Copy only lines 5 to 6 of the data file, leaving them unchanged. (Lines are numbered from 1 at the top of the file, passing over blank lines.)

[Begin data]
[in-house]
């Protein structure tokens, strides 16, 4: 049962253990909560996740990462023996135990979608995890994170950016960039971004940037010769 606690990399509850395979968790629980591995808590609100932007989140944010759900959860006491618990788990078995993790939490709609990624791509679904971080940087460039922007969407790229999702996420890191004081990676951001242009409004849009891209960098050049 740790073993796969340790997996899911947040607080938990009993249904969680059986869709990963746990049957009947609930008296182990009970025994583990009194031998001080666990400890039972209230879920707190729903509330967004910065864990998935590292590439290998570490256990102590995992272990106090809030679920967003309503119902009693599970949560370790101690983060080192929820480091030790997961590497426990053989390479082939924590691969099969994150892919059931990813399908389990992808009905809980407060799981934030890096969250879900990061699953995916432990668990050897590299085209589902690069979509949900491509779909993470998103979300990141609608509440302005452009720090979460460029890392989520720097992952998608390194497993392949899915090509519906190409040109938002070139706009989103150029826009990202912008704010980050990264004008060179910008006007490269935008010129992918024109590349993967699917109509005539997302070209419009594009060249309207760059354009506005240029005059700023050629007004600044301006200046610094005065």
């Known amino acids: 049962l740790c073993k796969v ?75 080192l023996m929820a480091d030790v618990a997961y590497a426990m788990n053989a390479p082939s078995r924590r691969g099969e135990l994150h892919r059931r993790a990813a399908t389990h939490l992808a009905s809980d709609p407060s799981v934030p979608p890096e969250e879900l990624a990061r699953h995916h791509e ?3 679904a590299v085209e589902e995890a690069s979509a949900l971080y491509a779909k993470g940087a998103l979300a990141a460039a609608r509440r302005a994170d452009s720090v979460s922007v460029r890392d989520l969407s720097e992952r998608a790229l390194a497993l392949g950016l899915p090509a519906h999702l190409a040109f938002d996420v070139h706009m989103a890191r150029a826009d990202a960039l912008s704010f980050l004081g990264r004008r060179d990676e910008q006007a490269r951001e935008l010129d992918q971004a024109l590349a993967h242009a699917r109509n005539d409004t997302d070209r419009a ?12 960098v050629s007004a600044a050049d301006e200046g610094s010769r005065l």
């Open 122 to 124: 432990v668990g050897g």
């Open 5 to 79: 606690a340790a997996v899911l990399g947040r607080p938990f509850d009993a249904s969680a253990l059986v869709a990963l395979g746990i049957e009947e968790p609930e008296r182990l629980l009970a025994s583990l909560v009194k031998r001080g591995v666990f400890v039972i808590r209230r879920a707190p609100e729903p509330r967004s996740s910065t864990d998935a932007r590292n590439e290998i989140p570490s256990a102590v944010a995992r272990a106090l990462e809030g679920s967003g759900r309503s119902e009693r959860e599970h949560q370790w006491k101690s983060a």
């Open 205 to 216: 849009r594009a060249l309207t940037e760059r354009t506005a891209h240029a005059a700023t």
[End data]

């Open 5 to 79: 606690a340790a997996v899911l990399g947040r607080p938990f509850d009993a249904s969680a253990l059986v869709a990963l395979g746990i049957e009947e968790p609930e008296r182990l629980l009970a025994s583990l909560v009194k031998r001080g591995v666990f400890v039972i808590r209230r879920a707190p609100e729903p509330r967004s996740s910065t864990d998935a932007r590292n590439e290998i989140p570490s256990a102590v944010a995992r272990a106090l990462e809030g679920s967003g759900r309503s119902e009693r959860e599970h949560q370790w006491k101690s983060a």
């Open 205 to 216: 849009r594009a060249l309207t940037e760059r354009t506005a891209h240029a005059a700023t």